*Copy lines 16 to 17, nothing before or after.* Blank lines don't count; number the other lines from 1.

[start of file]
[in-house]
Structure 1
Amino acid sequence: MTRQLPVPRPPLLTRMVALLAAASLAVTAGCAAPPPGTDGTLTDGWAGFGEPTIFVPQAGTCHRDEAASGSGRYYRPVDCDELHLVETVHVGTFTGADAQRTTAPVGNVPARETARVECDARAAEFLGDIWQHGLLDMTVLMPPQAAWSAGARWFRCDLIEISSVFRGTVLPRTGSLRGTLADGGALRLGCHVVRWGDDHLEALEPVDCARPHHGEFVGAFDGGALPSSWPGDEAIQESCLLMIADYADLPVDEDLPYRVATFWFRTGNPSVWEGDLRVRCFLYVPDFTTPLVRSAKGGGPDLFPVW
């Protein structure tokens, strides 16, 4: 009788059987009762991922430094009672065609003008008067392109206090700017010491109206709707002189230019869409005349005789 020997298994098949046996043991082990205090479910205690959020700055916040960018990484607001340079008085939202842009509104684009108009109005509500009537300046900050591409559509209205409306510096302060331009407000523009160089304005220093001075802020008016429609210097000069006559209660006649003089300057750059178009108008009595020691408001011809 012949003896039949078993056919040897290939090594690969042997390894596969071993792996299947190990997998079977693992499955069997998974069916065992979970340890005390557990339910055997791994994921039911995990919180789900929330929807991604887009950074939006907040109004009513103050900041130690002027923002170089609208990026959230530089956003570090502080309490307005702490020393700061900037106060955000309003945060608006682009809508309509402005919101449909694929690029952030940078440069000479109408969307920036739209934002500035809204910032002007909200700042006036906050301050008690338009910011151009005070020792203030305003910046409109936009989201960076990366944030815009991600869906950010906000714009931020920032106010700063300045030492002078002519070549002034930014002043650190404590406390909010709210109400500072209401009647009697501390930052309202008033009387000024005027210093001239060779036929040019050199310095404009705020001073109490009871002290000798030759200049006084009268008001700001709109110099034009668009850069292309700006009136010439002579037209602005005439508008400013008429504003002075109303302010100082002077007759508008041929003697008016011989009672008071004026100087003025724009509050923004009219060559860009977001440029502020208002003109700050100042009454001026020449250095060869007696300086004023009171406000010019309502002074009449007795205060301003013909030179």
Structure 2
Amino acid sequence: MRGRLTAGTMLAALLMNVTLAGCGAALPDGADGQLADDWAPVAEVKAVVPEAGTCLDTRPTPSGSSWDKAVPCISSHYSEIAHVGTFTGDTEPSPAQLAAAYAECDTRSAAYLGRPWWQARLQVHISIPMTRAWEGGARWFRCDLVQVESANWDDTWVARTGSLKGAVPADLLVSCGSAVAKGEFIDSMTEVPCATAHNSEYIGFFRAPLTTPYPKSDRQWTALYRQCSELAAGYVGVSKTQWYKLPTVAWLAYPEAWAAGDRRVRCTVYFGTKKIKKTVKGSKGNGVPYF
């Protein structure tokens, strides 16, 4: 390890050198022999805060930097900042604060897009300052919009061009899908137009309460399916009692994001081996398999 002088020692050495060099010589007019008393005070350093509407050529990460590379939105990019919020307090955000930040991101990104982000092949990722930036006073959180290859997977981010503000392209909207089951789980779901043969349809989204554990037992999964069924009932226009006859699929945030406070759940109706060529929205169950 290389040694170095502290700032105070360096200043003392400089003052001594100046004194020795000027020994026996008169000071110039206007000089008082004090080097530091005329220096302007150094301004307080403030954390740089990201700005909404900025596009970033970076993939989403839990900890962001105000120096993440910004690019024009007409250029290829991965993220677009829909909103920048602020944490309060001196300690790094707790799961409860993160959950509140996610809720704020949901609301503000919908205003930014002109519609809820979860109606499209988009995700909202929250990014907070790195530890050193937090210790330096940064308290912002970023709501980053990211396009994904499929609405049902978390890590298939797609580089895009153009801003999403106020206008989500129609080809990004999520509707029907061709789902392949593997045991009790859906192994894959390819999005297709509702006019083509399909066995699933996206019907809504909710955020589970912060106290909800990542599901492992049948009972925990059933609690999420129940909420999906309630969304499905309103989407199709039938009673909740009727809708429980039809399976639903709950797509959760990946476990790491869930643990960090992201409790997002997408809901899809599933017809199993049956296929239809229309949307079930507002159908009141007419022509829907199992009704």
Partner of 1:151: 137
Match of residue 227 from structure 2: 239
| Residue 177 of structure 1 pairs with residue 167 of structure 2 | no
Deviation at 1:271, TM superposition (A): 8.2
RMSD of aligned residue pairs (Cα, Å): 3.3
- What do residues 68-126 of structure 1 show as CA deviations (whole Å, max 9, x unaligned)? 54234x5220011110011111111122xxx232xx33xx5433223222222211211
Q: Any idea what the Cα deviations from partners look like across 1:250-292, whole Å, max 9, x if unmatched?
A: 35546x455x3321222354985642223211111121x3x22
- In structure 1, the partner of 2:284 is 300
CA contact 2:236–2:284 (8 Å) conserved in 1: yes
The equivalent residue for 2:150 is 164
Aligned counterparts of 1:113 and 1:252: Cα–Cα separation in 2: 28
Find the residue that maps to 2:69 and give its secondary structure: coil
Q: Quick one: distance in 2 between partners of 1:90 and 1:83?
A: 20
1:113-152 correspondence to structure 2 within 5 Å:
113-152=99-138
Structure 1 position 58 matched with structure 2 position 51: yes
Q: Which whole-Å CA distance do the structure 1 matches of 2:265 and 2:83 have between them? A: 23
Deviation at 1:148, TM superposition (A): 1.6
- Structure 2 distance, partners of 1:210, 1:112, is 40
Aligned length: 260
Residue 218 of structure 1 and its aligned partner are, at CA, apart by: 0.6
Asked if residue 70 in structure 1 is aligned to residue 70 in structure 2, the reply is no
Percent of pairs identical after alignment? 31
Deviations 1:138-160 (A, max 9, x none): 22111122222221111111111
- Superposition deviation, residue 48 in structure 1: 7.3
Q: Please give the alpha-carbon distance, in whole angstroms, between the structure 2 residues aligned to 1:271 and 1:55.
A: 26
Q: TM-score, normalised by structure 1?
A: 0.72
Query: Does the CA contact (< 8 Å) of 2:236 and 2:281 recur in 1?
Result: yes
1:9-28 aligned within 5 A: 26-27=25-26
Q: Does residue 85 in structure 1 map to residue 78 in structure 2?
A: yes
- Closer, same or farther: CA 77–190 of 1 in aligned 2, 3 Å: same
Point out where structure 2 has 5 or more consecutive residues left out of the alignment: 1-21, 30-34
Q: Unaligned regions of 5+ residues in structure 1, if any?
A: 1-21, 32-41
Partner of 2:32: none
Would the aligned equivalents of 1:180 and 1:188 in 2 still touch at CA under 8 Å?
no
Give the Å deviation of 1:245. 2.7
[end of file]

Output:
- In structure 1, the partner of 2:284 is 300
CA contact 2:236–2:284 (8 Å) conserved in 1: yes